© Yaacov Dagan / Alamy
© Yaacov Dagan / Alamy
Peter Schlesinger
Updated January 20, 2017

Las Vegas, Nevada, Wedding Capital of the World is now handing out marriage licenses to same-sex couples. For a city that markets itself as a free-spirited wedding destination, the change could mean big business.

Las Vegas has long courted the LGBT market, with specialty advertising campaigns, remarkably gay-friendly hotels, and same-sex commitment ceremonies in lieu of licensed weddings. “We’ve been promoting the city as an LGBT destination for five years without same-sex marriage being an issue," says diversity and cultural marketing manager Jim McMichael, from the city's Convention & Visitors Authority.

Michael Weaver, senior vice president of strategic marketing at Wynn Resorts, is quick to point out that while Las Vegas has succeeded in becoming a top leisure destination for LGBT travelers, it has missed out on the wedding market. Paraphrasing Justice Ruth Bader Ginsburg, Weaver explains, "There's a natural appeal for Vegas, with its high quality of dining, spa, and entertainment experiences...but why would you come here for a 'skim milk' marriage when you can go to another state for a 'full milk' marriage?"

That final legal hurdle removed, Vegas is poised to regain lost ground.

A flurry of LGBT-targeted advertising speaks to this effect. The city's Convention & Visitors Authority ran a full-page ad (above) in the USA Today celebrating the news, while hotels up and down the strip are offering special promotions and touting their wedding venues. MGM Resorts International properties, such as Mandalay Bay, Aria, and Bellagio, have been busy on social media. Caesars Entertainment has already used its High Roller ferris wheel for a gay wedding reception.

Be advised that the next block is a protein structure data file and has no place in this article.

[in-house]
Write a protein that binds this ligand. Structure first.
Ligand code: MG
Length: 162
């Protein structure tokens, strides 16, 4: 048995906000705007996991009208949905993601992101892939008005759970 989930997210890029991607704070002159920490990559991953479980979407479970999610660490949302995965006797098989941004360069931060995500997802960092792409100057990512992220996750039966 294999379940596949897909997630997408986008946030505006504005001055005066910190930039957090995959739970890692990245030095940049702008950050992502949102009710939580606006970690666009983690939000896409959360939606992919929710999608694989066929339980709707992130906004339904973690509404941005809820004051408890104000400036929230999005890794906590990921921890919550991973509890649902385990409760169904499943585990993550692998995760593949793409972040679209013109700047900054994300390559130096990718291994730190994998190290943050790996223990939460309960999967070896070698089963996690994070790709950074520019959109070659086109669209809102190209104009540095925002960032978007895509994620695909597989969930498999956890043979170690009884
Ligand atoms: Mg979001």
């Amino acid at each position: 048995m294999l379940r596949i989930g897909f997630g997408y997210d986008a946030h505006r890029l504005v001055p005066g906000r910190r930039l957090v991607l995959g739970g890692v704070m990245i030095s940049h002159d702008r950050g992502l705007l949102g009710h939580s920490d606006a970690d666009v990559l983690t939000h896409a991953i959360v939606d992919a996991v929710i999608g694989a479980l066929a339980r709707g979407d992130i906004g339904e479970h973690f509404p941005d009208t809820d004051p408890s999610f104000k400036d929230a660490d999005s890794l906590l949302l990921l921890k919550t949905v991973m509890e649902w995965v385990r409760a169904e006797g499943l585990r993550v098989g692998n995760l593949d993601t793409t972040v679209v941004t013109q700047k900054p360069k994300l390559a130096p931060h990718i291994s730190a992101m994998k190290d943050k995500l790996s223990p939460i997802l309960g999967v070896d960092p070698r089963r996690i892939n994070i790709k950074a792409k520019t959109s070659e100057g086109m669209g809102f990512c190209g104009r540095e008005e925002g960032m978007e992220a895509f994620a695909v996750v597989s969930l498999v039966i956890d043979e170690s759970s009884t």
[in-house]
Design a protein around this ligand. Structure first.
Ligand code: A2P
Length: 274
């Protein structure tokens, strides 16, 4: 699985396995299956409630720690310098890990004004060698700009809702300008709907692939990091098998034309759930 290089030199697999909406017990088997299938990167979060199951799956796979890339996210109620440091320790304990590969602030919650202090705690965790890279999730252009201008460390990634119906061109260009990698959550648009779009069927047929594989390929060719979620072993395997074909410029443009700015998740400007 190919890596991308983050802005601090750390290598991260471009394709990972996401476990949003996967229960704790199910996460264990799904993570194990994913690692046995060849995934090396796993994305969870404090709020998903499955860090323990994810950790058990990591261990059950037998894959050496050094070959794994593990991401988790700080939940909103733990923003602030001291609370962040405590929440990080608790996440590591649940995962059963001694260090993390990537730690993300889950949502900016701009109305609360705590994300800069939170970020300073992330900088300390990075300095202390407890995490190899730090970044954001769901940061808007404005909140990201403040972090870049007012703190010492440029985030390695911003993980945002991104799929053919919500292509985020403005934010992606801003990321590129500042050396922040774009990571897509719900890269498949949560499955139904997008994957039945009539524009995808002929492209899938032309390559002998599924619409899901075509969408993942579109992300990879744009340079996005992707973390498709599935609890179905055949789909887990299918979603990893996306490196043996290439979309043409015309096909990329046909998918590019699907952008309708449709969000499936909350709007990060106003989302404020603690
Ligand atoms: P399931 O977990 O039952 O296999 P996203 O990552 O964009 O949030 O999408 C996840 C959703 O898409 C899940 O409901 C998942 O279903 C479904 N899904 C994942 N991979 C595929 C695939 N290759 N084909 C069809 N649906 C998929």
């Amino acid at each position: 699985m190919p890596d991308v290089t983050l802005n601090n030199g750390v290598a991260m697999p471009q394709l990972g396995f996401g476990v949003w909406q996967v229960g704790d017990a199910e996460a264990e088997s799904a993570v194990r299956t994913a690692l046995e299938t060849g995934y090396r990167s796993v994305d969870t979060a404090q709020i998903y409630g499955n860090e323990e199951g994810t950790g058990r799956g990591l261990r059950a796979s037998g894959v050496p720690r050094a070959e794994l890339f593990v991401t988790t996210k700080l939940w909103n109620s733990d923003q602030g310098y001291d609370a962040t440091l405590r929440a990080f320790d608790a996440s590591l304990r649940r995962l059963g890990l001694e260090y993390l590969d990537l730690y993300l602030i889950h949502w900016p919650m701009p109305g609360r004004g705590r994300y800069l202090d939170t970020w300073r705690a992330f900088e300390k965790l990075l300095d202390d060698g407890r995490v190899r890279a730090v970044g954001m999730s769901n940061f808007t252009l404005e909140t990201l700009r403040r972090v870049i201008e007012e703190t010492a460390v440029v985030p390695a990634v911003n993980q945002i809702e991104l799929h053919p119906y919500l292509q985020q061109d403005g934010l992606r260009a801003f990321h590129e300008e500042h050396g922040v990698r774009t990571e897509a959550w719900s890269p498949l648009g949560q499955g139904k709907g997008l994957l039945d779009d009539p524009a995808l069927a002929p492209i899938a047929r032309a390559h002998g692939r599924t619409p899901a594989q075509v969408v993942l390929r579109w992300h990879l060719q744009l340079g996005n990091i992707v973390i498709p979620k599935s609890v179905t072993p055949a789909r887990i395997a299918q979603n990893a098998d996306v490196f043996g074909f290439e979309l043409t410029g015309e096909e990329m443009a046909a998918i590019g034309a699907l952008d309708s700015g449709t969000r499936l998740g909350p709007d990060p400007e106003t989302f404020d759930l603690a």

Can Nevada compete with states such as Hawaii and California, which have already made significant inroads marketing themselves as gay-marriage destinations?

Michael Dimengo, from the Gay and Lesbian Community Center of Southern Nevada, isn't worried. He trumpets the value of the Vegas brand, which has attracted heterosexual couples for decades and has led the region to issue more marriage licenses than any county in the country.

A study from UCLA’s Williams Institute estimated that extending marriage to same-sex couples in Nevada could generate up to $53 million of increased spending from in-state couples. Last year, 83 percent of marriage licenses handed out in Las Vegas's Clark County, home to roughly three fourths of Nevada's population, went to out-of-state couples. The takeway? That survey doesn't begin to estimate the actual economic benefits same-sex marriages will bring.

Peter Schlesinger is a research assistant at Travel + Leisure, and a member of the Trip Doctor news team. You can find him on Twitter at @pschles08.

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